Stoke Space stakes its claim in the launch industry’s rush to fully reusable rockets
Alan Boyle, GeekWire –
In just six months, Kent, Wash.-based Stoke Space Technologies has turned a blank stretch of ground in Moses Lake, Wash., into a bridgehead for building a fully reusable rocket optimized for satellite launches.
“It was barren desert as recently as April,” co-founder and CEO Andy Lapsa told GeekWire, “and we were able to get all of the facilities up and running in order to run long-duration, liquid-hydrogen, liquid-oxygen rocket engine testing out there.”
The 2.3-acre test facility at Moses Lake’s airport already has seen action: Last month, Stoke Space completed a manufacturing demonstration of a full-scale second stage for its yet-to-be-named rocket. The two-year-old startup has also done full-power test firings of components for its second-stage rocket engine, a triplet of thrust chambers that Lapsa calls the “three-pack.”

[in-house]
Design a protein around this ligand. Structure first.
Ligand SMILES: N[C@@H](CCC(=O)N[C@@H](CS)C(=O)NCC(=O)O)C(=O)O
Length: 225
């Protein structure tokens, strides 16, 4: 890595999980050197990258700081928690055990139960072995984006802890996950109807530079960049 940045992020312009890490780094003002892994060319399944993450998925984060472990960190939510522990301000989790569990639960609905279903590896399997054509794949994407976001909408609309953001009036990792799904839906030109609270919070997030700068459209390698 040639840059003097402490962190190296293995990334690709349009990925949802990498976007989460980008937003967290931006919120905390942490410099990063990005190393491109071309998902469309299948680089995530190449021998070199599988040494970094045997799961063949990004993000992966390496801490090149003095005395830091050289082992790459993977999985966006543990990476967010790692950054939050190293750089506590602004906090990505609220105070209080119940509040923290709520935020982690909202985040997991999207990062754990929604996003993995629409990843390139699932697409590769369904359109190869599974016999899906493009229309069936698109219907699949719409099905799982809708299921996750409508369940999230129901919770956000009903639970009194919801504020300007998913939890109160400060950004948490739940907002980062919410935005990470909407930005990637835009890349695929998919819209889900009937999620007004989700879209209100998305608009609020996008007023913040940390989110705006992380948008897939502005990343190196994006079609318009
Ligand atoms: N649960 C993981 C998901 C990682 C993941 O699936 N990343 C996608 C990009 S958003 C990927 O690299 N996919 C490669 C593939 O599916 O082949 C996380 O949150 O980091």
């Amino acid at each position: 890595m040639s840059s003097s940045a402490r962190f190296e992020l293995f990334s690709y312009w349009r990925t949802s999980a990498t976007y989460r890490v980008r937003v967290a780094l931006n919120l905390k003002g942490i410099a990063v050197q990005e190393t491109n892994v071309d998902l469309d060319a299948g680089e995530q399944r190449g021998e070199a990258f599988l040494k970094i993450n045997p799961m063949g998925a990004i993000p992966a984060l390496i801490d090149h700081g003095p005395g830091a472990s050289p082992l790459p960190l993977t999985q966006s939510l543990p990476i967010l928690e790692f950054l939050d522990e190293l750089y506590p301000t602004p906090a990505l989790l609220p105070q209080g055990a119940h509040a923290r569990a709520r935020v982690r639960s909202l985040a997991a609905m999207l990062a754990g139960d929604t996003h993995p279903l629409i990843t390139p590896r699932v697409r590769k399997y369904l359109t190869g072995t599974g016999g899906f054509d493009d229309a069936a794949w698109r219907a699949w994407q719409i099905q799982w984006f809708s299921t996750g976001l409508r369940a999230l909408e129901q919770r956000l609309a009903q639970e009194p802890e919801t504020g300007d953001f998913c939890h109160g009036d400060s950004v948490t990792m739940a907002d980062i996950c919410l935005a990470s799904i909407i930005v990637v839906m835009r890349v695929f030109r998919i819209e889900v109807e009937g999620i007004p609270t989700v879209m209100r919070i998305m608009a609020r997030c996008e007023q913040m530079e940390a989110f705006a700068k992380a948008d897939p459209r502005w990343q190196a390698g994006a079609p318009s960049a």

“We did them on time and under budget actually, which I’m very proud of,” said Lapsa, a veteran of Jeff Bezos’ Blue Origin space venture. “You don’t hear that too much in our industry.”
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